A Planetarium for Every Classroom
Building and Using a Planetarium for Your Classroom Using Inexpensive Materials

dome built by Laura Grace

Desktop Dome

Objective: Build a simple desktop dome or sphere using circles formed into triangles.


compass scissors glue
thick paper ruler pencil

Concepts: equilateral triangles, geodesic surfaces, counting, circles, chords

This model introduces younger students to the concept of domes constructed of triangles, and can be easily scaled to larger sizes to build cardboard clubhouses, planetariums, art projects, and spheres. The size is only limited by the strength of your building materials. In technical terms, this is a one-frequency geodesic dome, or a dodecahedron (if fully assembled).

1. Draw 20 identical circles. You can make the circles out of paper, construction paper, or cardboard. You can draw the circles by using a compass, or tracing a can, or whatever method suits you. Cut each out carefully.
2. Fold each circle into the shape of an equilateral triangle as shown below.

3. Arrange five triangles into a pattern as shown below.

4. Unfold the adjacent flaps and glue them together. When the glue is dry enough to take the stress, glue the final two flaps together by lifting the center of the construction together to form a little cap. Then the two remaining flaps can be brought together to be permanently attached. If you want the flaps on the inside (not suitable for planetariums, but better if you want to make a sphere) you must pop the center of the cap down, rather than up, when making the final attachment.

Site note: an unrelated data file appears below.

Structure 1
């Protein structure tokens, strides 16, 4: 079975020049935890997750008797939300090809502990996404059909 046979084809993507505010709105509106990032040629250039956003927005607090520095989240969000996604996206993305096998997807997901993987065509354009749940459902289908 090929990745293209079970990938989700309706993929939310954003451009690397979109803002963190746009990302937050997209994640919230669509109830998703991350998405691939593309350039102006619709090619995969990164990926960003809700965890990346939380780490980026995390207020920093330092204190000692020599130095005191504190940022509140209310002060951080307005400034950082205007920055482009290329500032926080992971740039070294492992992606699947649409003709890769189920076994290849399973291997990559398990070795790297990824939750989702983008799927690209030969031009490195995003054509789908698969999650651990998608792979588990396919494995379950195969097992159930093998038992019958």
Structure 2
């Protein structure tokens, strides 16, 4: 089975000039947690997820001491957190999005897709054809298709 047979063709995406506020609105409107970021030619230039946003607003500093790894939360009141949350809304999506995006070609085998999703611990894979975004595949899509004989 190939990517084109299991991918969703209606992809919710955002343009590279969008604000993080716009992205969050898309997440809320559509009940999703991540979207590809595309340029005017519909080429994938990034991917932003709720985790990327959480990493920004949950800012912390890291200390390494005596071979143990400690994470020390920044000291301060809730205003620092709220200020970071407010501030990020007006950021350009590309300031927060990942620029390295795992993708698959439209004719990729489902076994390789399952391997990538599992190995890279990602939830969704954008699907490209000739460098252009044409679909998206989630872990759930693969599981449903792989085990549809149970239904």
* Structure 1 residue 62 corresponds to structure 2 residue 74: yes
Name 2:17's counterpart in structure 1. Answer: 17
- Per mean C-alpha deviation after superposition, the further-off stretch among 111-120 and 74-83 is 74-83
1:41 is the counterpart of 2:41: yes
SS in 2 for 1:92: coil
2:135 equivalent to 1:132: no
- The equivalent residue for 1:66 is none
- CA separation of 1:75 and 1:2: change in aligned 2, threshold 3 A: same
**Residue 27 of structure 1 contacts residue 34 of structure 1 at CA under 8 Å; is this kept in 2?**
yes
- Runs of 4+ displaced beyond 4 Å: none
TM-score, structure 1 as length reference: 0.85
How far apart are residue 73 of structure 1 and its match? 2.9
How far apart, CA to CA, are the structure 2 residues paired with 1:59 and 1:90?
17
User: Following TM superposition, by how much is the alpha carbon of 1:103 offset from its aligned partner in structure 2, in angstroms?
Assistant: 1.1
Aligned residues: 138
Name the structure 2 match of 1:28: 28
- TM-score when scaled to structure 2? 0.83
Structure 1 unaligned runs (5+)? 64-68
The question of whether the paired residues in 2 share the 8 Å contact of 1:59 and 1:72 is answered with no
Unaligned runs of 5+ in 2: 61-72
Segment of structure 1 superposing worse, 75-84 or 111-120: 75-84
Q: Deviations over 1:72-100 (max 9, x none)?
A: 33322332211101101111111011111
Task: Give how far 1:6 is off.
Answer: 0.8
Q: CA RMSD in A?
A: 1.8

This is what the finished cap (with flaps on the outside) should look like:

5. Make another cap with five more triangles.

6. Arrange the remaining 10 triangles into an alternating pattern like this, gluing adjacent flaps.

7. Form this strip of 10 triangles into a ring, with flaps in or out to match the caps you made earlier. You will notice that on the top of the ring has 5 flaps, and so does the bottom of the cap. Match them up and glue them together and you will have a little planetarium dome model made of one type of triangle!

8. Put the remaining cap on the bottom of the ring to make a dodecahedron.

For a projector dome with a smooth interior surface, put the flaps outward.
For a sphere or dodecahedron with a smooth exterior surface, put the flaps inward
Figures adapted from a diagram at www.desertdomes.com.

Your project is complete!

The size of the dome you make depends on the size of the circles you start with.


Click here for a printable version



NSTA Files

Building a Dome

2 Meter
5 Meter
Paint Your Project


Making a Projector

Building a Projector


Using the Planetarium




Celebration Checklist page

Send your dome building report to us!


Quick Links

Deer Valley High School Science Department

Antioch SPACE Academy

AstronomyTeacher's web site


Contact Us

Jeff Adkins

Cheryl Domenichelli



Site counter courtesy of www.digits.com

This project was supported by a County Technology Academy Grant funded by the Dean and Margaret Lesher Foundation in cooperation with the Contra Costa County Office of Education.